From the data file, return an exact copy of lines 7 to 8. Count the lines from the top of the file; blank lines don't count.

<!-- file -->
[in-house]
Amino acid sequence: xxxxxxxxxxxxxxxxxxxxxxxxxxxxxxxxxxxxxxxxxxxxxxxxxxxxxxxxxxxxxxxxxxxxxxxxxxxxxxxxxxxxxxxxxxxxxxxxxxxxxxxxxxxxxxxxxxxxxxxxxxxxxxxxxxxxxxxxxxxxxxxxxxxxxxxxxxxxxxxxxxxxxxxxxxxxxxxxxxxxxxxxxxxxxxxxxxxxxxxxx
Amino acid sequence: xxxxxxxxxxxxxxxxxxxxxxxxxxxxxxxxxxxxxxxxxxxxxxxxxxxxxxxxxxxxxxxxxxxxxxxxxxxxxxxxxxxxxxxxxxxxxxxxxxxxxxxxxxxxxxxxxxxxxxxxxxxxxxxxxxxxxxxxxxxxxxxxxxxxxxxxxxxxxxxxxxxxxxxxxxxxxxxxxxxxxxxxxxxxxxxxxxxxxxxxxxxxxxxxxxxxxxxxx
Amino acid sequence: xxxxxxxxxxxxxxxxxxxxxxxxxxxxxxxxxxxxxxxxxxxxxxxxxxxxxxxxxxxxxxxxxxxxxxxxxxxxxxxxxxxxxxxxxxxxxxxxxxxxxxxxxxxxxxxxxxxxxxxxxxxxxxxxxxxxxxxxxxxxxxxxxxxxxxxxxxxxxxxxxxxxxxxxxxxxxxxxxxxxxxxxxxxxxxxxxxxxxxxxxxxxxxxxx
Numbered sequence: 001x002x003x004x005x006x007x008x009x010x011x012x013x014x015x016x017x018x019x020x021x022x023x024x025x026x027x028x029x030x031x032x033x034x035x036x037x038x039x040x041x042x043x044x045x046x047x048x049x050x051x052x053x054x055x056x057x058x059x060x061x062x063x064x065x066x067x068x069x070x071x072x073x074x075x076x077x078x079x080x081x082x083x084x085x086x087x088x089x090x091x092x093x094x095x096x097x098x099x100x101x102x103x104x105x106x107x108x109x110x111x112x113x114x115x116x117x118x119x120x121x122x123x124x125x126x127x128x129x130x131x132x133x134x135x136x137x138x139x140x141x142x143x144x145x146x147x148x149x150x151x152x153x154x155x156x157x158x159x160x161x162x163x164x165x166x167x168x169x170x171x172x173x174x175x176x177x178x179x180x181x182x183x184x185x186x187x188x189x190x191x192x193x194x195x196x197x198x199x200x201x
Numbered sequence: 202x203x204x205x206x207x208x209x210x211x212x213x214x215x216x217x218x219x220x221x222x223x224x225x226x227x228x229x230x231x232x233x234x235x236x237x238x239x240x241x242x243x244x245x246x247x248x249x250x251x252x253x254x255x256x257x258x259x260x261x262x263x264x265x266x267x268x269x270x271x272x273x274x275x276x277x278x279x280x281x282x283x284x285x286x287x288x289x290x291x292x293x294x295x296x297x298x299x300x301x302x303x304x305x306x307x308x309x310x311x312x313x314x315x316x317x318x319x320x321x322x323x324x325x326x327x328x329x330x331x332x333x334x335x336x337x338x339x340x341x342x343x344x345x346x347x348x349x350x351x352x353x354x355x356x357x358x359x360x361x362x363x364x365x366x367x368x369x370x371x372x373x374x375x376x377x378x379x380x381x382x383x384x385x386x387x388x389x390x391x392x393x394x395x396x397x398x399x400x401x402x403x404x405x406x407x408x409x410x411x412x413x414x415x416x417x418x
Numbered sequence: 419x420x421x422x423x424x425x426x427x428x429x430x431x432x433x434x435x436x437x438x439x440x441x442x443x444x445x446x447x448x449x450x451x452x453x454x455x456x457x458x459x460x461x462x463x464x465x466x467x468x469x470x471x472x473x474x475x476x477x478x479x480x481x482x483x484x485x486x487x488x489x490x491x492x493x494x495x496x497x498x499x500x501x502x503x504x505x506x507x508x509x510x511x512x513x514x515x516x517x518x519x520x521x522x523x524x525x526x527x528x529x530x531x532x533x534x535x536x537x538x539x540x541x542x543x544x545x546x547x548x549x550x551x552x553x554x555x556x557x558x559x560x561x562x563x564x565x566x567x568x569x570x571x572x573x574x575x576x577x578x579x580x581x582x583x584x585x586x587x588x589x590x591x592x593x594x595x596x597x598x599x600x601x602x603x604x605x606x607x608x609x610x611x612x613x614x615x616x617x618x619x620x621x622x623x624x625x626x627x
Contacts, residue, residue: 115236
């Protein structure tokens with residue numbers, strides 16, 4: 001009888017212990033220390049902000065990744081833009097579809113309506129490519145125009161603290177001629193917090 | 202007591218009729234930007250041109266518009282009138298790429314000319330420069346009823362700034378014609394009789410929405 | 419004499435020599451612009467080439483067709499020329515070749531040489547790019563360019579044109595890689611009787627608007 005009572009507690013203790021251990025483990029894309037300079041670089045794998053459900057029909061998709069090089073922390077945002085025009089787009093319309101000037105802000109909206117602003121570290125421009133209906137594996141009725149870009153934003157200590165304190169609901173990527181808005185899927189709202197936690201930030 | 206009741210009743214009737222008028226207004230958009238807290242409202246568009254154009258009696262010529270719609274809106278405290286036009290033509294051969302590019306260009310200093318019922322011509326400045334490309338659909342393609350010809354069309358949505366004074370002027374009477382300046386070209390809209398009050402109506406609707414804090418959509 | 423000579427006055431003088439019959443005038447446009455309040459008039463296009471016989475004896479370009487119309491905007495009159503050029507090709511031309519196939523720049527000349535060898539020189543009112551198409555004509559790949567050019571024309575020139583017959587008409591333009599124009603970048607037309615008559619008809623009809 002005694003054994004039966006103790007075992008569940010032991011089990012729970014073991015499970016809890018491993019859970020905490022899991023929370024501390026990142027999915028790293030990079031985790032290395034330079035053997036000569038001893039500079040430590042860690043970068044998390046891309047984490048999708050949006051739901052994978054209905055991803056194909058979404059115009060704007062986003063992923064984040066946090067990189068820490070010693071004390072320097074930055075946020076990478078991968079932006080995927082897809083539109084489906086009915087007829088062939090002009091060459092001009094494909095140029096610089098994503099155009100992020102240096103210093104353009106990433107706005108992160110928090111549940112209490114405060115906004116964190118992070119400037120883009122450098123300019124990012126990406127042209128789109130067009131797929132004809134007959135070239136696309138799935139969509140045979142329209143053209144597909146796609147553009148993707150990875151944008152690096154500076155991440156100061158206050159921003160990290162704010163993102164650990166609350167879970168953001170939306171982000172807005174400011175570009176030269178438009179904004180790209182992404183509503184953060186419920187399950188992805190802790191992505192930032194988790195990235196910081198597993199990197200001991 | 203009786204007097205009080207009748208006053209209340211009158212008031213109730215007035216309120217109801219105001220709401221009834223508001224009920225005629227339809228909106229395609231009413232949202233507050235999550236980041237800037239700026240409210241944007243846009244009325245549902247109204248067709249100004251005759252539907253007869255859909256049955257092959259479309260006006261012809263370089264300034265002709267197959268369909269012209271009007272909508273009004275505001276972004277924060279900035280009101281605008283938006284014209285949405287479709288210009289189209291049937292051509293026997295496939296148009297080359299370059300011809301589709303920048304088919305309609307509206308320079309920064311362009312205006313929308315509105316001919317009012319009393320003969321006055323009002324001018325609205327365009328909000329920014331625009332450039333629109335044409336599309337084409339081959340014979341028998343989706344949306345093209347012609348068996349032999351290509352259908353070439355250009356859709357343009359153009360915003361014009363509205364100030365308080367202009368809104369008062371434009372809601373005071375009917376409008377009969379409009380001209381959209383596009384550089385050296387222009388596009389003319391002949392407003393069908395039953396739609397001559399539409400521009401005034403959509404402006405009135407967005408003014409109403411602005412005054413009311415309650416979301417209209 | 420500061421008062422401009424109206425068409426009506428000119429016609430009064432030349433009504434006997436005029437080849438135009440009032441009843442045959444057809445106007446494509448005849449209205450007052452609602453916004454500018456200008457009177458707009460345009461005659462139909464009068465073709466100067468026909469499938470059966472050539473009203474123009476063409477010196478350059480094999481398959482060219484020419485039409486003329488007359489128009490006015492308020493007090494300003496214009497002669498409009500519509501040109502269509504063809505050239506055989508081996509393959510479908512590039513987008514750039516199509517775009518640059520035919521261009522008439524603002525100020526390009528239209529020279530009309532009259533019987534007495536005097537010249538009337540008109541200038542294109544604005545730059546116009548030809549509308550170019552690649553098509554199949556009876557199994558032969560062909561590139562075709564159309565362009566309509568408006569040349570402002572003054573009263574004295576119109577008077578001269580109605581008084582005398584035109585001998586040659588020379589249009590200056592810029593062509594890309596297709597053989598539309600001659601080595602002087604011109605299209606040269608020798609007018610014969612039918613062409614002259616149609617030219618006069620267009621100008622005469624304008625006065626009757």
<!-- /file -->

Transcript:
Numbered sequence: 419x420x421x422x423x424x425x426x427x428x429x430x431x432x433x434x435x436x437x438x439x440x441x442x443x444x445x446x447x448x449x450x451x452x453x454x455x456x457x458x459x460x461x462x463x464x465x466x467x468x469x470x471x472x473x474x475x476x477x478x479x480x481x482x483x484x485x486x487x488x489x490x491x492x493x494x495x496x497x498x499x500x501x502x503x504x505x506x507x508x509x510x511x512x513x514x515x516x517x518x519x520x521x522x523x524x525x526x527x528x529x530x531x532x533x534x535x536x537x538x539x540x541x542x543x544x545x546x547x548x549x550x551x552x553x554x555x556x557x558x559x560x561x562x563x564x565x566x567x568x569x570x571x572x573x574x575x576x577x578x579x580x581x582x583x584x585x586x587x588x589x590x591x592x593x594x595x596x597x598x599x600x601x602x603x604x605x606x607x608x609x610x611x612x613x614x615x616x617x618x619x620x621x622x623x624x625x626x627x
Contacts, residue, residue: 115236